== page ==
A Separation

«   1    2   »

Jodaeiye Nader az Simin

“Alarming and compelling… This stunning drama establishes Farhadi as a major figure.” — Nick James, The Observer

Director: Asghar Farhadi
Year: 2011
Country: Iran
Running time: 123 mins
Censor Rating: PG - low level violence

Producer/Screenplay: Asghar Farhadi
Photography: Mahmood Kalari
Editor: Hayedeh Safiyari
Production/Costume designer: Keyvan Moghadam
Sound: Mohammed Reza Delpak

In Farsi with English subtitles

With: Leila Hatami (Simin), Peyman Moadi (Nader), Shahab Hosseini (Hodjat), Sareh Bayat (Razieh), Sarina Farhadi (Termeh), Babak Karimi (judge), Ali-Asghar Shahbazi (Nader’s father), Shirin Yazdanbakhsh (Simin’s mother), Kimia Hosseini (Somayeh), Merila Zarei (Ms Ghahraei)

Festivals: Berlin 2011

Best Film, Best Actor, Best Actress, Berlin Film Festival 2011

A secular middle-class family is accused of a crime by an impoverished religious one in a gripping thriller that provides a layered and exceptionally revealing picture of life in Iran. Compelling proof, when we least expected it, that it is still possible for Iranian filmmakers to make films dramatising conflicts that resonate both within and outside the Islamic Republic, A Separation was the hands-down winner at this year’s Berlin Festival. Ironically, the jury awarding the film the top prize (and retooling the principal acting awards to become prizes for the acting ensemble) was supposed to be headed by the political prisoner, Iranian director Jafar Panahi. — BG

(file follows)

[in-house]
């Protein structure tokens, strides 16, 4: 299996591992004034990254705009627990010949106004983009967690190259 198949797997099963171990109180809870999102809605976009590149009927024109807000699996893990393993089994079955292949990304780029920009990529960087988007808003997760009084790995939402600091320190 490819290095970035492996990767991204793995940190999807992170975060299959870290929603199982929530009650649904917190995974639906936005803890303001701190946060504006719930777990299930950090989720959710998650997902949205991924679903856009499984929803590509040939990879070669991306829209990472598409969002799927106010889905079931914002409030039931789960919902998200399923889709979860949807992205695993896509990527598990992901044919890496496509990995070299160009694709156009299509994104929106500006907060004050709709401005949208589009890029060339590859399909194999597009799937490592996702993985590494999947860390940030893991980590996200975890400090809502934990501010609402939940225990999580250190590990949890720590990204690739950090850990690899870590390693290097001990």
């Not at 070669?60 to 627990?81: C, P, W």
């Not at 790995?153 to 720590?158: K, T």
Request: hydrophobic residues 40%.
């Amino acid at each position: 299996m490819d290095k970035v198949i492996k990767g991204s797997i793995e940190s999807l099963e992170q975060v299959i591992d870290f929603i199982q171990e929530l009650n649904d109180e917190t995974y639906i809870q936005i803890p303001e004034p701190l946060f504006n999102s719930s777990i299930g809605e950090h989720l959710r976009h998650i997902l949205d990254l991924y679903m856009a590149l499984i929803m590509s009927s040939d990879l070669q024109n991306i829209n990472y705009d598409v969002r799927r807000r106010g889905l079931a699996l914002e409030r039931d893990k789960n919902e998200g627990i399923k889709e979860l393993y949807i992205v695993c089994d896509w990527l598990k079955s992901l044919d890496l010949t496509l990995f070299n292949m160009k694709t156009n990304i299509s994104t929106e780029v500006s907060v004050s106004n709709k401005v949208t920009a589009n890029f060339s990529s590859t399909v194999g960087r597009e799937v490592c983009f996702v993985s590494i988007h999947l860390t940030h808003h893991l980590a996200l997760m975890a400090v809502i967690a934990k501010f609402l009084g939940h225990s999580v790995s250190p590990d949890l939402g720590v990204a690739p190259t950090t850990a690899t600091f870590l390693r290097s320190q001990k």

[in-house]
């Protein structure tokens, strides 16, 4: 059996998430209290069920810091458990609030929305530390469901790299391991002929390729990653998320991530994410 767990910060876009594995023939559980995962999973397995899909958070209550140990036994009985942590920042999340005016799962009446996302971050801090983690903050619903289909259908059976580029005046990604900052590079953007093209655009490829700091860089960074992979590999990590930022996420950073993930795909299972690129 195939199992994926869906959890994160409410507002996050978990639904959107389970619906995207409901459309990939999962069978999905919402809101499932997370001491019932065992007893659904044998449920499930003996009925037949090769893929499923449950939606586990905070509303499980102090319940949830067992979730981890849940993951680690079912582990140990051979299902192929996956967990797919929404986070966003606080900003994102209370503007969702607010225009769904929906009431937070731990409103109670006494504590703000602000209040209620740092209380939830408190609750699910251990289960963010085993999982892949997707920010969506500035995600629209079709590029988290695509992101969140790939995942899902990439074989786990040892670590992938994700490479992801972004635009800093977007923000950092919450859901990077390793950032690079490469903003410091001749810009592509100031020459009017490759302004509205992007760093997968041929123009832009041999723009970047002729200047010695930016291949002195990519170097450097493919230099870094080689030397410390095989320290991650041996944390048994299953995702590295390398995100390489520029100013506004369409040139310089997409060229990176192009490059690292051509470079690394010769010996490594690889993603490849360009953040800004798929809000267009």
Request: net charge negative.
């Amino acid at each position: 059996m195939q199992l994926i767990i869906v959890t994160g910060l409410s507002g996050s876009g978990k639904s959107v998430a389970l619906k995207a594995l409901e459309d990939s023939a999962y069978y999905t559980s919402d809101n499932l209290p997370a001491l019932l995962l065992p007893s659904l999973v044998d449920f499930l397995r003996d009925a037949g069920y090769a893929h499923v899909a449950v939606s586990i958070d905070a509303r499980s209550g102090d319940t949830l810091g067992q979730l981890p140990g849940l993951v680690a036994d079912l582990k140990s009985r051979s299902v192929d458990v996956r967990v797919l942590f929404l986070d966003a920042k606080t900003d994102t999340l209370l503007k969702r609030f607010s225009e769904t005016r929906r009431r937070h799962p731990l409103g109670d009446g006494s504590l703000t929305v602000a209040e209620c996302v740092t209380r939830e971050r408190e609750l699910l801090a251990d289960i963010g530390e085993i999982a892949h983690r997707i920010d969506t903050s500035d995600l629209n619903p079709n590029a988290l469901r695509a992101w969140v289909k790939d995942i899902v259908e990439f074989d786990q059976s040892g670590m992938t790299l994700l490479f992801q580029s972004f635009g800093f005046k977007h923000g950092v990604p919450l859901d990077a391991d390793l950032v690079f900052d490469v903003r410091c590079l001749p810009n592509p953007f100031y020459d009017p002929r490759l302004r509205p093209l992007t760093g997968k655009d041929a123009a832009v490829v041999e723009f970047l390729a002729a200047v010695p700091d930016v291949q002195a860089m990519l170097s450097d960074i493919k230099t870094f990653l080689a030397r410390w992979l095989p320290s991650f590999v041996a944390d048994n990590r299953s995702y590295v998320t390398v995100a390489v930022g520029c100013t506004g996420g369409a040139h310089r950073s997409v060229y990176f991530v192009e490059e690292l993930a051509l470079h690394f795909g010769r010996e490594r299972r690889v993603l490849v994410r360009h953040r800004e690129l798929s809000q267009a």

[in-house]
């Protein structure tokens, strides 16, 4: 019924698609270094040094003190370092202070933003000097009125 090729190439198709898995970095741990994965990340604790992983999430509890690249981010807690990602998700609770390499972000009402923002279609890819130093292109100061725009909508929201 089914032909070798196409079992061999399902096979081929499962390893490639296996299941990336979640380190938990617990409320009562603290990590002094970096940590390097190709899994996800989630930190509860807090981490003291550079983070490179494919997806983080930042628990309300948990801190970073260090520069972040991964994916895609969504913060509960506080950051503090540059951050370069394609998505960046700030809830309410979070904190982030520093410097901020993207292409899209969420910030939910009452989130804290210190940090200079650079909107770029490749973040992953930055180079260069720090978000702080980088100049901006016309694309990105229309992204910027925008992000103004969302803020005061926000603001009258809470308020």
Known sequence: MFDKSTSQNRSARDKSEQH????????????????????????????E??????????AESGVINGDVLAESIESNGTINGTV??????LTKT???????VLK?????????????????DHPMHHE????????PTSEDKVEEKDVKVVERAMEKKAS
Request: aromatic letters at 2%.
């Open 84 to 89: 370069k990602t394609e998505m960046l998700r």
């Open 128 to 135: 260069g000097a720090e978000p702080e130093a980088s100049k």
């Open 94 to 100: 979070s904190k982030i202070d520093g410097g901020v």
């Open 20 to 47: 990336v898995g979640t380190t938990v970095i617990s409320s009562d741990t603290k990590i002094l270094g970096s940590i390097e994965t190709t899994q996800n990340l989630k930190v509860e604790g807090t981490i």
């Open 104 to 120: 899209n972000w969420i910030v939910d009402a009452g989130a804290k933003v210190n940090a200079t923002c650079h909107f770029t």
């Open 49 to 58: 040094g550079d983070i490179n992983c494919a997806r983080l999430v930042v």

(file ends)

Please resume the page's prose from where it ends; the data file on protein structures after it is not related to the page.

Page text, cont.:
“Showing a control of investigative pacing that recalls classic Hitchcock and a feel for ethical nuance that is all his own, Farhadi has hit upon a story that is not only about men and women, children and parents, justice and religion in today’s Iran, but that raises complex and globally relevant questions of responsibility, of the subjectivity and contingency of ‘telling the truth’, and of how thin the line can be between inflexibility and pride – especially of the male variety – and selfishness and tyranny...

As the film builds to its dramatic climax, we wonder how the director can possibly find an ending that does justice to this compelling story’s narrative and thematic complexities. The round of applause that followed the film’s Berlinale screening was a tribute, at least in part, to the sensitivity – and perhaps, the inevitability – of the perfect solution he comes up with.” — Lee Marshall, Screendaily 

View the trailer on Flicks.co.nz

Other Films You May Like: